Notes on All That Jazz in the Seattle Scene
SOUTH of downtown Seattle lies an underground city. For a few dollars, visitors can tour some musty buildings upon which the modern city is built.
A few blocks to the southeast is an area whose rich history was also buried by modernization until Paul de Barros unearthed it. His book ``Jackson Street After Hours: The Roots of Jazz in Seattle'' is a survey of the city's often-overlooked contributions to the jazz world - as well as jazz's contributions to Seattle.
Ernestine Anderson, Ray Charles, Fats Waller, Quincy Jones, Duke Ellington, the Black and Tan, the 411 Club, the Blue Note - this readable volume contains extensive detail about the players and clubs of the Seattle jazz scene, from the shows of the greats to the practical jokes of the unknowns.
Despite its geographical isolation, Seattle never really developed a unique, original jazz ``sound.''
``The Seattle scene was steeped in tradition, not in experiment....'' de Barros explains. ``No matter how `far out' musicians in the region seem to go, there is always a strain of healthy conservatism about line, blues, and traditional jazz feeling that anchors them, a graceful balance of heaven and earth.''
Music, of course, does not exist in a vacuum, and de Barros touches on the economic and racial context that kept blacks out of downtown and professional jobs, giving them few opportunities other than those available on the Jackson Street scene.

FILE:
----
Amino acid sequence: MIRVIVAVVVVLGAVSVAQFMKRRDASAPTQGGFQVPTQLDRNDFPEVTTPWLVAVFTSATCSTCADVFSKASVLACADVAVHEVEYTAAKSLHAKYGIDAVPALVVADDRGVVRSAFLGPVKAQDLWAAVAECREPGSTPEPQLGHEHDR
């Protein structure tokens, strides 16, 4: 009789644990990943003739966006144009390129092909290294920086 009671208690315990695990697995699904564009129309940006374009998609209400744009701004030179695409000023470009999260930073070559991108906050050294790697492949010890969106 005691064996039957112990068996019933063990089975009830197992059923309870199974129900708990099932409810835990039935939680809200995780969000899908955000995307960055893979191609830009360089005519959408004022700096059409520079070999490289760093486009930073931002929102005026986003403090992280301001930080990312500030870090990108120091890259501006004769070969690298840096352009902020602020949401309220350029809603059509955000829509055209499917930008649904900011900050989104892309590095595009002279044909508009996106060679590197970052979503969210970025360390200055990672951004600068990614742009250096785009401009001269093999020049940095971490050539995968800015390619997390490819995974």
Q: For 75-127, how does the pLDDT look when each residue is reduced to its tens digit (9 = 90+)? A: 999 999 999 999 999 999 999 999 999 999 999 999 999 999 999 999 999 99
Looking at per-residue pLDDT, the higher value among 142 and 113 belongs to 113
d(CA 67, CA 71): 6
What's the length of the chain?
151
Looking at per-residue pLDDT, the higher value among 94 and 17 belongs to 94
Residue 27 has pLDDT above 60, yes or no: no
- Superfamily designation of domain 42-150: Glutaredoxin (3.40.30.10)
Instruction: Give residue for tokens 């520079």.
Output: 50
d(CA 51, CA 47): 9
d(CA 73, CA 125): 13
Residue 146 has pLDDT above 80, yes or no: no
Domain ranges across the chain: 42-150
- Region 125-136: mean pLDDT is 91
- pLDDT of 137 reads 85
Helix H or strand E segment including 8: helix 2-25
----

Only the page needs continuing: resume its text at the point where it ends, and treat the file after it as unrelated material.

Still, Seattle's racial barriers were softer than those of other cities, de Barros writes, and this attracted some musicians to the city. While interracial marriages were illegal in neighboring Oregon, mixed couples were common along Jackson Street. There was some musical integration as well, though separate black and white musicians' unions were maintained until 1958.
Through photographs, reproductions of tickets and posters, and detailed accounts of clubs and the activities they supported - illegal gambling, prostitution, and alcohol as well as music - de Barros paints a living picture of this urban subculture and the changes it underwent over time. Especially rich is the liberal use of quotes from musicians and observers of the scene and a series of contemporary photographs of local musicians by Eduardo Calderon.
De Barros doesn't try to convince the reader that Seattle was ever the capital of the jazz world. But through recording its history, he shows that it was part of that world and is much the richer for it.
``Jackson Street After Hours'' is a welcome history not only of the Seattle music scene but also of the city's black population, often ignored or overlooked by other historians.